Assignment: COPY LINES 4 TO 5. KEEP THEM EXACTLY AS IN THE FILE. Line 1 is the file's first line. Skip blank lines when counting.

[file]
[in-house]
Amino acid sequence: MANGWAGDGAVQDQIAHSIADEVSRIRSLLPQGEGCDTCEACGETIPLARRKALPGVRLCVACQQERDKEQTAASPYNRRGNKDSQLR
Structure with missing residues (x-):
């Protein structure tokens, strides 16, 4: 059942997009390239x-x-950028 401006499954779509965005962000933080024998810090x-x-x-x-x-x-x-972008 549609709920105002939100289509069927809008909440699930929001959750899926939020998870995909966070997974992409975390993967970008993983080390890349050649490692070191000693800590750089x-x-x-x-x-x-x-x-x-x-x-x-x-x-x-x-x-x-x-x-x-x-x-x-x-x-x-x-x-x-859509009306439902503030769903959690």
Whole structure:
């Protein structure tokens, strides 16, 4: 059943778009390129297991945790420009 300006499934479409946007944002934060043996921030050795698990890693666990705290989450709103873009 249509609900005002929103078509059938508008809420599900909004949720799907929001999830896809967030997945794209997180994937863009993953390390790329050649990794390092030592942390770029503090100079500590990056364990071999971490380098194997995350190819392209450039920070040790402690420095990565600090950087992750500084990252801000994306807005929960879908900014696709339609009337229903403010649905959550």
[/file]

């Protein structure tokens, strides 16, 4: 059942997009390239x-x-950028 401006499954779509965005962000933080024998810090x-x-x-x-x-x-x-972008 549609709920105002939100289509069927809008909440699930929001959750899926939020998870995909966070997974992409975390993967970008993983080390890349050649490692070191000693800590750089x-x-x-x-x-x-x-x-x-x-x-x-x-x-x-x-x-x-x-x-x-x-x-x-x-x-x-x-x-x-859509009306439902503030769903959690």
Whole structure: